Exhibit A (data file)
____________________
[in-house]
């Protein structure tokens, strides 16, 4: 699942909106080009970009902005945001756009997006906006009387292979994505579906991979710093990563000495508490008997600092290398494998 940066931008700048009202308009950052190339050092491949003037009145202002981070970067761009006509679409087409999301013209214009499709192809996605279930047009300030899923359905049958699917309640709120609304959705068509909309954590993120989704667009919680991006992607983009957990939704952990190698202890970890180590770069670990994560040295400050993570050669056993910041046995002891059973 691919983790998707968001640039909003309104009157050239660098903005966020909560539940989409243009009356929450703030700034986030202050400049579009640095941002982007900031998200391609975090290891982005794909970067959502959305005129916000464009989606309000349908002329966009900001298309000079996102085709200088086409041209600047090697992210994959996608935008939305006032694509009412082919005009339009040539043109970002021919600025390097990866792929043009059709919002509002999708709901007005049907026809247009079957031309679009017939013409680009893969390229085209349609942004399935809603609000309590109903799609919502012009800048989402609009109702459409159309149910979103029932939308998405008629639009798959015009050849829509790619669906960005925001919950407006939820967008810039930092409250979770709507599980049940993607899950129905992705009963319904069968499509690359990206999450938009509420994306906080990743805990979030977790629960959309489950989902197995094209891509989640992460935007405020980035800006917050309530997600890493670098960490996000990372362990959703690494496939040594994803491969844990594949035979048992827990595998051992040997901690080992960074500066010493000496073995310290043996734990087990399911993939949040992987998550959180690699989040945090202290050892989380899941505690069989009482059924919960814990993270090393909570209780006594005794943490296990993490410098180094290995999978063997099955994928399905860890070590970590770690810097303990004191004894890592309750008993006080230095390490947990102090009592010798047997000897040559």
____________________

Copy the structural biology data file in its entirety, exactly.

[in-house]
């Protein structure tokens, strides 16, 4: 699942909106080009970009902005945001756009997006906006009387292979994505579906991979710093990563000495508490008997600092290398494998 940066931008700048009202308009950052190339050092491949003037009145202002981070970067761009006509679409087409999301013209214009499709192809996605279930047009300030899923359905049958699917309640709120609304959705068509909309954590993120989704667009919680991006992607983009957990939704952990190698202890970890180590770069670990994560040295400050993570050669056993910041046995002891059973 691919983790998707968001640039909003309104009157050239660098903005966020909560539940989409243009009356929450703030700034986030202050400049579009640095941002982007900031998200391609975090290891982005794909970067959502959305005129916000464009989606309000349908002329966009900001298309000079996102085709200088086409041209600047090697992210994959996608935008939305006032694509009412082919005009339009040539043109970002021919600025390097990866792929043009059709919002509002999708709901007005049907026809247009079957031309679009017939013409680009893969390229085209349609942004399935809603609000309590109903799609919502012009800048989402609009109702459409159309149910979103029932939308998405008629639009798959015009050849829509790619669906960005925001919950407006939820967008810039930092409250979770709507599980049940993607899950129905992705009963319904069968499509690359990206999450938009509420994306906080990743805990979030977790629960959309489950989902197995094209891509989640992460935007405020980035800006917050309530997600890493670098960490996000990372362990959703690494496939040594994803491969844990594949035979048992827990595998051992040997901690080992960074500066010493000496073995310290043996734990087990399911993939949040992987998550959180690699989040945090202290050892989380899941505690069989009482059924919960814990993270090393909570209780006594005794943490296990993490410098180094290995999978063997099955994928399905860890070590970590770690810097303990004191004894890592309750008993006080230095390490947990102090009592010798047997000897040559």